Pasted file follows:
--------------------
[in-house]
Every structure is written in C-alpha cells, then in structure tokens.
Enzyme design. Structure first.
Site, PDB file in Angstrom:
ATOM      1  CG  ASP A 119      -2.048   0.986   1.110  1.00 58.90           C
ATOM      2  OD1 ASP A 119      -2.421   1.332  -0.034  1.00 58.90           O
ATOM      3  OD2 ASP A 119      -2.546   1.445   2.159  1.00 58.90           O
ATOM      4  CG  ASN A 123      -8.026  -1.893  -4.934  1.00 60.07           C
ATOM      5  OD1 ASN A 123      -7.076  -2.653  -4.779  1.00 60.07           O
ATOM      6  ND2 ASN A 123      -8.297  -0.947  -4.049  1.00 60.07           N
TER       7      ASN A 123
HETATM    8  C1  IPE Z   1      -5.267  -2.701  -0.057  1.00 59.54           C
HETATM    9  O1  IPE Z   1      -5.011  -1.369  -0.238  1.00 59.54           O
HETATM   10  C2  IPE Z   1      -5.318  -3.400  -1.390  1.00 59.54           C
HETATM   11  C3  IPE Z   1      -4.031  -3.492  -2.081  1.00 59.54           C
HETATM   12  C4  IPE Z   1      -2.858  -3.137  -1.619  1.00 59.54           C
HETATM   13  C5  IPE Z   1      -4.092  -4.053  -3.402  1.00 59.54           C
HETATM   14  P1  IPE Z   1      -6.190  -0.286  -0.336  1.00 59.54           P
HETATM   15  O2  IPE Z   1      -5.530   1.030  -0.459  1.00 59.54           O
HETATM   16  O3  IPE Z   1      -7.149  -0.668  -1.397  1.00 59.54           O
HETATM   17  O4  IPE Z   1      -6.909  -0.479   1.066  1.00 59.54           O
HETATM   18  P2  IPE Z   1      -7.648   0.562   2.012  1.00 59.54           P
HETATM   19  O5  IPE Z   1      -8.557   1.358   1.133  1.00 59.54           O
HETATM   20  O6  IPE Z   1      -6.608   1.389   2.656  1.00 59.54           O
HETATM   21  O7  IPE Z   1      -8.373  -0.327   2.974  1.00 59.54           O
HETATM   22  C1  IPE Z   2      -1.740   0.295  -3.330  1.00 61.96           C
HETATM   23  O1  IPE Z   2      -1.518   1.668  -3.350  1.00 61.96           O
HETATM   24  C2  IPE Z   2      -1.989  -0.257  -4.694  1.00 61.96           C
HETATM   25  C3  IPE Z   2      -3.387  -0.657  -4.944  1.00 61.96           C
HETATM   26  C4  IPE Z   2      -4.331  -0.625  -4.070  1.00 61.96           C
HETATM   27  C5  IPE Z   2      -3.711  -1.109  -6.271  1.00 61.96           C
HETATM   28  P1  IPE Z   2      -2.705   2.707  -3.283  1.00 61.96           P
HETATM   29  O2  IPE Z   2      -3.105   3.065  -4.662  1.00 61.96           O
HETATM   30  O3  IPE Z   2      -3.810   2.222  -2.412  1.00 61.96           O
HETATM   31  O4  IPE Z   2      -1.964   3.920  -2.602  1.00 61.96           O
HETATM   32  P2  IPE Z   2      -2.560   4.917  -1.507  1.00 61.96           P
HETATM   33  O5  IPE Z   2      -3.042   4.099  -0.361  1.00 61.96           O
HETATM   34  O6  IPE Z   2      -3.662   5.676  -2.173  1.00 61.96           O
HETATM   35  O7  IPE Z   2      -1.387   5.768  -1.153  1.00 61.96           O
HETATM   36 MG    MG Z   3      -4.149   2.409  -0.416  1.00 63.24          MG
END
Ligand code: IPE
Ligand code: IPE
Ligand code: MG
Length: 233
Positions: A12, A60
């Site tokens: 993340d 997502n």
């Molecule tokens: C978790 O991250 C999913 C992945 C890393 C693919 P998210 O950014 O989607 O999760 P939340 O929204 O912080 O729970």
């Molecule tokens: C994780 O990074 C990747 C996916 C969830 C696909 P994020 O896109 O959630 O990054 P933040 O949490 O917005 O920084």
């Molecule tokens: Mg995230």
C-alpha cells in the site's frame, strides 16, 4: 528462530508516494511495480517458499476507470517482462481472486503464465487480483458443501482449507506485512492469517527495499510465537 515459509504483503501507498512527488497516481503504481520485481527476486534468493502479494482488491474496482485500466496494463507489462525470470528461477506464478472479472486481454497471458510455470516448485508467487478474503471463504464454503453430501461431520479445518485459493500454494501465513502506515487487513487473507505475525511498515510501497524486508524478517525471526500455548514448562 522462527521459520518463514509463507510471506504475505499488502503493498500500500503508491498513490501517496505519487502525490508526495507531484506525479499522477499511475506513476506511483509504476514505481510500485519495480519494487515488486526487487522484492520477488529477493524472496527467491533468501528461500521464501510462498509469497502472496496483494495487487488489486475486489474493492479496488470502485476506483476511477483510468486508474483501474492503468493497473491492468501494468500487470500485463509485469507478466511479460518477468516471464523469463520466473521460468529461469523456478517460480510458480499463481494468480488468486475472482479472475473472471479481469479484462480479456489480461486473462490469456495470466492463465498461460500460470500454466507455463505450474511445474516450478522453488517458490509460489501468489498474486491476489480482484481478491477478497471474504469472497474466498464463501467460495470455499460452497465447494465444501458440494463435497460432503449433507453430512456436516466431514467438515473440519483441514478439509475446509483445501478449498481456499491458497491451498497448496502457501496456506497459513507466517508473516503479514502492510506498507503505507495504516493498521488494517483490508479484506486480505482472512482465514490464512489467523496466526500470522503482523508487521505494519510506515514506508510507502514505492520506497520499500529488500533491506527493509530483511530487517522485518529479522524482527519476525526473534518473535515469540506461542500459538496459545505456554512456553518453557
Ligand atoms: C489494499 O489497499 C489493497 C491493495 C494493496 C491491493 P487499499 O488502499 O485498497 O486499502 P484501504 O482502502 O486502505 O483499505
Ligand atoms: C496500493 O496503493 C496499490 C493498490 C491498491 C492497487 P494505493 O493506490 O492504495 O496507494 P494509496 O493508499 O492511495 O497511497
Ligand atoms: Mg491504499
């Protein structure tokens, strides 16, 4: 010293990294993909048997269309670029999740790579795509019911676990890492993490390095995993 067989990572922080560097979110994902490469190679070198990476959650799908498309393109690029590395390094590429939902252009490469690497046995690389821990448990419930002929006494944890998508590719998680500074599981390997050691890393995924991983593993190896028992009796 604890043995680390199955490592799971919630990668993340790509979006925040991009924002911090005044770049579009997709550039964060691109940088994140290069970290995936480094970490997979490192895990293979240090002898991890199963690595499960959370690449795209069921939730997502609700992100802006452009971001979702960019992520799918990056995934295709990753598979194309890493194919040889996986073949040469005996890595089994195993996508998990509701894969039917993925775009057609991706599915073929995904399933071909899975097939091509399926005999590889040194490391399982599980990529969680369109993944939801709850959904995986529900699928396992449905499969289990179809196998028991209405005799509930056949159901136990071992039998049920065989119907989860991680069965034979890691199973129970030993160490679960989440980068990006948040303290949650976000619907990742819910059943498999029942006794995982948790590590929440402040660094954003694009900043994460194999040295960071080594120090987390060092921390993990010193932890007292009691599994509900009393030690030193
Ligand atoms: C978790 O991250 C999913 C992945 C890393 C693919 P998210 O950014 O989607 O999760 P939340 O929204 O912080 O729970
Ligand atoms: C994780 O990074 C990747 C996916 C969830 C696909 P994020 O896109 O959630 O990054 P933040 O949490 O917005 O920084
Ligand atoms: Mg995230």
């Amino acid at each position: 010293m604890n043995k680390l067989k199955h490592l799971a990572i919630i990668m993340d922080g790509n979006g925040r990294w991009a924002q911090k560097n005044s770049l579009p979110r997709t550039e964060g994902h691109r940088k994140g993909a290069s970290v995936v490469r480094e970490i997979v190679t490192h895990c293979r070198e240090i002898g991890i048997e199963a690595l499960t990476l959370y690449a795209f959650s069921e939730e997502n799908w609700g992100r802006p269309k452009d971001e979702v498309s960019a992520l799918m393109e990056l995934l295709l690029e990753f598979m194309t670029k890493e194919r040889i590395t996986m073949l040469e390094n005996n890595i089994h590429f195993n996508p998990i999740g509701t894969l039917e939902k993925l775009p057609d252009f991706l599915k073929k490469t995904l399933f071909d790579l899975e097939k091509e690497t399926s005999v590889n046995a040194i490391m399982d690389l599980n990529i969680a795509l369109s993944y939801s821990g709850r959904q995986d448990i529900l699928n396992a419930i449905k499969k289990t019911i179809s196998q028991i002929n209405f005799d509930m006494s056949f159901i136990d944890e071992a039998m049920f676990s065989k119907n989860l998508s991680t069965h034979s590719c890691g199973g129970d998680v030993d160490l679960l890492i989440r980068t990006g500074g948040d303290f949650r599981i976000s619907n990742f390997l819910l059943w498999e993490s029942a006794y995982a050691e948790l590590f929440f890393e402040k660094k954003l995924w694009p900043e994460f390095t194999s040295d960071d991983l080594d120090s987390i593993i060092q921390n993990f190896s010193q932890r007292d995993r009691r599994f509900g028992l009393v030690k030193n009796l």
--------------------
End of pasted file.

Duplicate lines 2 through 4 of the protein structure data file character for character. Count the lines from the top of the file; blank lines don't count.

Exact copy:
Every structure is written in C-alpha cells, then in structure tokens.
Enzyme design. Structure first.
Site, PDB file in Angstrom: